Many years ago, when I was a grad student, I found myself at an otherwise rather dull conference on nucleic acid research; but fortunately it was not a complete wash-out, a chance conversation with a grad student who happened to be presenting a poster on the adjacent board to mine introduced me to the world of molecular mimicry.

Hoverfly (via David Packman, hampshirecam.co.uk)So what is mimicry and why is it important in the natural world? Mimicry is the imitation of one species by another, with the most well known purpose being to avoid being eaten. Most people will have encountered hoverflies, and may in the first instance have mistaken them for a wasp or a bee; from an evolutionary perspective, predators such as birds have also learnt to associate these warning (aposematic) colours with a stinging or poisonous prey, and so the Hoverfly gets to fly another day.

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Anatomy of (preparing to write) a scientific paper…

IT IS probable that most readers won’t know how much effort it takes to get the results of a scientific investigation in to press. After months and months of work, copious experiments, repetitions, frustrations, banging head against the wall, we enter the next phase – the paper. The effort of will, the to-ing and fro-ing from author to author, author to editor, author to reviewer, author to author, author to reviewer, through revisions and heartache, all so that 99.9% of the working population will never read it, never even know that it exists.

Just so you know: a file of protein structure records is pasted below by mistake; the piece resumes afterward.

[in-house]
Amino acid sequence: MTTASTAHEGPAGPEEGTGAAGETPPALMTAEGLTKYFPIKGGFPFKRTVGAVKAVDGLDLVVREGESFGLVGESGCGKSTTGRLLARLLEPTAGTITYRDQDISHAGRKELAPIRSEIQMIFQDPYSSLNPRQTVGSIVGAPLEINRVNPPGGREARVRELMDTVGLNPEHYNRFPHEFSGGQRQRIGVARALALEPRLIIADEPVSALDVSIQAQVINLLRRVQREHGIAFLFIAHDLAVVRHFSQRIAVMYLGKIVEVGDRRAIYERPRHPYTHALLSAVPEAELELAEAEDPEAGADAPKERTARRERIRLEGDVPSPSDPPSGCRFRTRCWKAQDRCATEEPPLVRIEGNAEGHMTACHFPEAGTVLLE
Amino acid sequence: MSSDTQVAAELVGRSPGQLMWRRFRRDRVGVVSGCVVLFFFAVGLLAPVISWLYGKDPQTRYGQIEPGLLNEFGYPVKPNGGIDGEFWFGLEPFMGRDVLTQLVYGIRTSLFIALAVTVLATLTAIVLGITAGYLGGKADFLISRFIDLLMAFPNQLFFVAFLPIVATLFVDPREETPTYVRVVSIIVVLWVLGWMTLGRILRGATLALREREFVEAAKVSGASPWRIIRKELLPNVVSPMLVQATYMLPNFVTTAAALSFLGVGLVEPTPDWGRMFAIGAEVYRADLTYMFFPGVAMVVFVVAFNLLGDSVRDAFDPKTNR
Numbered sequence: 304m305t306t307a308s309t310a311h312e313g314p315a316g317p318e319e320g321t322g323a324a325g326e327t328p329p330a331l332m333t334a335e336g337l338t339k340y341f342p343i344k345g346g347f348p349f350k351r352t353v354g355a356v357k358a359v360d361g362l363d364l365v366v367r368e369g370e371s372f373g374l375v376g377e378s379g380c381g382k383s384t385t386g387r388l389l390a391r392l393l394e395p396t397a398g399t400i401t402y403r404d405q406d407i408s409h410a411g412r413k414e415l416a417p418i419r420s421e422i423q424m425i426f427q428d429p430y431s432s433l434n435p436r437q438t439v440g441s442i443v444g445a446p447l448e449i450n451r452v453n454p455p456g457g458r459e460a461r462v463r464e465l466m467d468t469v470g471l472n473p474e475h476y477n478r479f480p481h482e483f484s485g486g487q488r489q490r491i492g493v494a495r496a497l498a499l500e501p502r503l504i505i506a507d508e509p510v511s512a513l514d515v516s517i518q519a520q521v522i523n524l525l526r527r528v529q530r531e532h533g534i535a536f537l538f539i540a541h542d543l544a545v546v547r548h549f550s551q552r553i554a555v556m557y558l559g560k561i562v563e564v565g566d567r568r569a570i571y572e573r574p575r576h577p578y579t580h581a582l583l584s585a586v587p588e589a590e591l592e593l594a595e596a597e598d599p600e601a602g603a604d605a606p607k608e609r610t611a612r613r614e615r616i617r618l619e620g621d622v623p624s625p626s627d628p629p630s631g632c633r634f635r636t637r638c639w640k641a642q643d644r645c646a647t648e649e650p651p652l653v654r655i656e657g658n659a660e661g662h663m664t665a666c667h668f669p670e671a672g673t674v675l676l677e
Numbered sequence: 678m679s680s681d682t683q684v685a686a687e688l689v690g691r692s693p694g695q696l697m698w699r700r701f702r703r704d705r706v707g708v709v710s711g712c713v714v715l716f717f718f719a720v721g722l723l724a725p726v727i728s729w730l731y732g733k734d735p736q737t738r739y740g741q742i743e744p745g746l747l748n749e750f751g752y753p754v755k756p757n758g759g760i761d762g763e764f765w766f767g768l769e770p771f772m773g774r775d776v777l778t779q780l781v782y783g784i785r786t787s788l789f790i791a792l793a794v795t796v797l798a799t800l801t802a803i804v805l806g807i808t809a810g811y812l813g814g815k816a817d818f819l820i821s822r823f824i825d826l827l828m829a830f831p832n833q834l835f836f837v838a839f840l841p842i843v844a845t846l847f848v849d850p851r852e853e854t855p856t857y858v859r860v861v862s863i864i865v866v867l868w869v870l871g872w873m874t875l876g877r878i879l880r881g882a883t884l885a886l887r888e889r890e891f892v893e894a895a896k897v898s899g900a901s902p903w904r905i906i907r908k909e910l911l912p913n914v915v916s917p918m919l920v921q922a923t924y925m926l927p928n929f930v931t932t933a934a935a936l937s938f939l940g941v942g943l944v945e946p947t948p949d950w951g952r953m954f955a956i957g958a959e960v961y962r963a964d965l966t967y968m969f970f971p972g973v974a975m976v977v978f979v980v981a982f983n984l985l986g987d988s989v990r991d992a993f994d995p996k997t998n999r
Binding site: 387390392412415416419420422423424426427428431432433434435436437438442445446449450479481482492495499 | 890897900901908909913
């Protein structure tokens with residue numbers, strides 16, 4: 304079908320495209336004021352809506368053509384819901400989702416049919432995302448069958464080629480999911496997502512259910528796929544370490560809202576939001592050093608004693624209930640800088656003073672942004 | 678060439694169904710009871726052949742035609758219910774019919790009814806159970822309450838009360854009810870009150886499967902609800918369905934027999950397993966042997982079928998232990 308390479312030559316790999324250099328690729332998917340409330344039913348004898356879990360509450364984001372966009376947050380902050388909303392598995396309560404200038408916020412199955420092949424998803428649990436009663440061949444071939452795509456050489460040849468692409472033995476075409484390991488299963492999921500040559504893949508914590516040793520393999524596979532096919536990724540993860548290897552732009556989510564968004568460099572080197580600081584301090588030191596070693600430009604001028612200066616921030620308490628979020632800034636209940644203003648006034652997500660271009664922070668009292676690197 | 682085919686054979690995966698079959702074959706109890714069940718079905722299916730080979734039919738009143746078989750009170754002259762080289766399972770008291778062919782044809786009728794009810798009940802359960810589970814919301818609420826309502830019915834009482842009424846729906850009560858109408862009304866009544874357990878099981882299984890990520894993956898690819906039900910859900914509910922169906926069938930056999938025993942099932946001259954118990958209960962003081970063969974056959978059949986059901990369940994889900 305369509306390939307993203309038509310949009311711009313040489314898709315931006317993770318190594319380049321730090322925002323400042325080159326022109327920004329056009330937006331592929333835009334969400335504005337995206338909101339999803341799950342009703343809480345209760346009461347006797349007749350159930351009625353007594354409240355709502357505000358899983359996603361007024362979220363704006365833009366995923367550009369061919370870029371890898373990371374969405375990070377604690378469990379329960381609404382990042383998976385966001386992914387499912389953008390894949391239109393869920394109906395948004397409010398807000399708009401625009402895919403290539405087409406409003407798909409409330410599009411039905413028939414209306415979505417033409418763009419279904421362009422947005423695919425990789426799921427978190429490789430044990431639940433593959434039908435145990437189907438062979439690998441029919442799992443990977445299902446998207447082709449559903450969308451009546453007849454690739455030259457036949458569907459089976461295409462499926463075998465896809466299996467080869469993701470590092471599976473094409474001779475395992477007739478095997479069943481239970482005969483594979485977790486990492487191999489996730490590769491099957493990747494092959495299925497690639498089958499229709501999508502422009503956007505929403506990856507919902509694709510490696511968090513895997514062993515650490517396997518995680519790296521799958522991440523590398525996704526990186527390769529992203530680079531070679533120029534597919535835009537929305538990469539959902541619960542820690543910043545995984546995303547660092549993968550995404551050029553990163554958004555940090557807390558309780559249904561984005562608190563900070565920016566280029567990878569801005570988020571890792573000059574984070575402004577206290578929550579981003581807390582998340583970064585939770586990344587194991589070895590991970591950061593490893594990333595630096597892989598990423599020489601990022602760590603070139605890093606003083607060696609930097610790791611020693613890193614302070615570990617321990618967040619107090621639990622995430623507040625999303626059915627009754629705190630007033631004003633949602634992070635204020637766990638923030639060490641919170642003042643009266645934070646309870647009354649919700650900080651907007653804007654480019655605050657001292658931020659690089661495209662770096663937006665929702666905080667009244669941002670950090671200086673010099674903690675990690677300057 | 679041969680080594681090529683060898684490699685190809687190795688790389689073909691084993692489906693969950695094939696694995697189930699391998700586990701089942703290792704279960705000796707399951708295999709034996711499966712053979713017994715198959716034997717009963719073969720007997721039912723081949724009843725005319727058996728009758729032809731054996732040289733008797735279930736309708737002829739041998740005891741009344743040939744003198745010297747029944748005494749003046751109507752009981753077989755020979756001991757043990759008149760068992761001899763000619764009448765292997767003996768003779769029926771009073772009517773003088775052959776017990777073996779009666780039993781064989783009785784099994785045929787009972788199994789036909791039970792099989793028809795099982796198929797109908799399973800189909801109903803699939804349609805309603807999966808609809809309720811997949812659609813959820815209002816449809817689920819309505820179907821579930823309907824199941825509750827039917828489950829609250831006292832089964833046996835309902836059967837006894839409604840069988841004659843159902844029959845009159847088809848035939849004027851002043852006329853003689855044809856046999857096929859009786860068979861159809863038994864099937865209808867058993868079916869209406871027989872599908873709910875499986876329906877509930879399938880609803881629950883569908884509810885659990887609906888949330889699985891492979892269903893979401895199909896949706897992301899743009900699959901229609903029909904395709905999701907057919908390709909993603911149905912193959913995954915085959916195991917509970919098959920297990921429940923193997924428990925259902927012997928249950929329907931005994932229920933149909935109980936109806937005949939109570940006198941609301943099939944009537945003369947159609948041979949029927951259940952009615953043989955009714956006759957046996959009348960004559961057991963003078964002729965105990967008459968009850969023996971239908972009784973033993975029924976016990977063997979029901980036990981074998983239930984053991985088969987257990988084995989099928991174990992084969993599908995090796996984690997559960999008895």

07.00 – Eager with anticipation I hit the computer. I then hit it again, and this time it starts. I’m at work and I’m using one of the institute’s computers. Last night I painstakingly arranged the four lab books I think I need, together with copious scraps of paper bearing notes and ideas for sentences, comments, discussion points. I’m ready to go.

All. I. Need. to. do. is. write. this. paper.

07.05 – [Waiting for computer] Cup of tea.

07.20 – Computer has finished loading. Quickly check emails.

13.00 – Lunchtime and all I’ve got to show for it is five open browser windows, each containing 12 tabs of web pages; an email-driven surf safari gone wrong, and haven’t written a word. Ok, quick lunch and then get down to it.

14.03 – Right: ‘Based on these observations we propose a model of incremental recognition layered specificity in the assembly of…